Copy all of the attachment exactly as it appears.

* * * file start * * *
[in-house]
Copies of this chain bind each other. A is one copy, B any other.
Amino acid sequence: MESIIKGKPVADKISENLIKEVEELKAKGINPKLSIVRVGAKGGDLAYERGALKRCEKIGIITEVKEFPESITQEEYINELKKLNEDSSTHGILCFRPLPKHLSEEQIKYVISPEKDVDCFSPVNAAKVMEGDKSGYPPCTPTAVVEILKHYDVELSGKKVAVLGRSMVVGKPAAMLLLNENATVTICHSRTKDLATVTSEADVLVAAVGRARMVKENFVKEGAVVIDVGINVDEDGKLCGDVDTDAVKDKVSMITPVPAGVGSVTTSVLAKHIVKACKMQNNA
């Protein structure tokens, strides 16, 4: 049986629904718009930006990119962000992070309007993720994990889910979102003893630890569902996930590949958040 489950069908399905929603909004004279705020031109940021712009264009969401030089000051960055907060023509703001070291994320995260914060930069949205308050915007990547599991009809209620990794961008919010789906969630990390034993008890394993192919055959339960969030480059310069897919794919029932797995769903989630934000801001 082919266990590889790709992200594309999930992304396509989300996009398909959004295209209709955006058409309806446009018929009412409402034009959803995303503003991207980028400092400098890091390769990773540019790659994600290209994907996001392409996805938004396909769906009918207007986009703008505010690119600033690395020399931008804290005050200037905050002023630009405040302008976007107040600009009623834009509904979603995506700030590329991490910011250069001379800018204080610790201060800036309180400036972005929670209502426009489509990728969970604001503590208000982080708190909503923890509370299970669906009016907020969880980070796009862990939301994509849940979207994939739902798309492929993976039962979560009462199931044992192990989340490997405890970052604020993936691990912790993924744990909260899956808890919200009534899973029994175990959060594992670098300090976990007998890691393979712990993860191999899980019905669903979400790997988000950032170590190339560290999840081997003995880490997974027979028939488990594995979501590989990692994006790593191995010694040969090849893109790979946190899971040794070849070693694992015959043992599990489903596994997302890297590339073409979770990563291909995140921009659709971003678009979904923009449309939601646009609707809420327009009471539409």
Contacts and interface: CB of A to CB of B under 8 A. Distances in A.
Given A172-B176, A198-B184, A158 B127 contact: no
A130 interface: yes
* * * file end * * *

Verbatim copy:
[in-house]
Copies of this chain bind each other. A is one copy, B any other.
Amino acid sequence: MESIIKGKPVADKISENLIKEVEELKAKGINPKLSIVRVGAKGGDLAYERGALKRCEKIGIITEVKEFPESITQEEYINELKKLNEDSSTHGILCFRPLPKHLSEEQIKYVISPEKDVDCFSPVNAAKVMEGDKSGYPPCTPTAVVEILKHYDVELSGKKVAVLGRSMVVGKPAAMLLLNENATVTICHSRTKDLATVTSEADVLVAAVGRARMVKENFVKEGAVVIDVGINVDEDGKLCGDVDTDAVKDKVSMITPVPAGVGSVTTSVLAKHIVKACKMQNNA
């Protein structure tokens, strides 16, 4: 049986629904718009930006990119962000992070309007993720994990889910979102003893630890569902996930590949958040 489950069908399905929603909004004279705020031109940021712009264009969401030089000051960055907060023509703001070291994320995260914060930069949205308050915007990547599991009809209620990794961008919010789906969630990390034993008890394993192919055959339960969030480059310069897919794919029932797995769903989630934000801001 082919266990590889790709992200594309999930992304396509989300996009398909959004295209209709955006058409309806446009018929009412409402034009959803995303503003991207980028400092400098890091390769990773540019790659994600290209994907996001392409996805938004396909769906009918207007986009703008505010690119600033690395020399931008804290005050200037905050002023630009405040302008976007107040600009009623834009509904979603995506700030590329991490910011250069001379800018204080610790201060800036309180400036972005929670209502426009489509990728969970604001503590208000982080708190909503923890509370299970669906009016907020969880980070796009862990939301994509849940979207994939739902798309492929993976039962979560009462199931044992192990989340490997405890970052604020993936691990912790993924744990909260899956808890919200009534899973029994175990959060594992670098300090976990007998890691393979712990993860191999899980019905669903979400790997988000950032170590190339560290999840081997003995880490997974027979028939488990594995979501590989990692994006790593191995010694040969090849893109790979946190899971040794070849070693694992015959043992599990489903596994997302890297590339073409979770990563291909995140921009659709971003678009979904923009449309939601646009609707809420327009009471539409």
Contacts and interface: CB of A to CB of B under 8 A. Distances in A.
Given A172-B176, A198-B184, A158 B127 contact: no
A130 interface: yes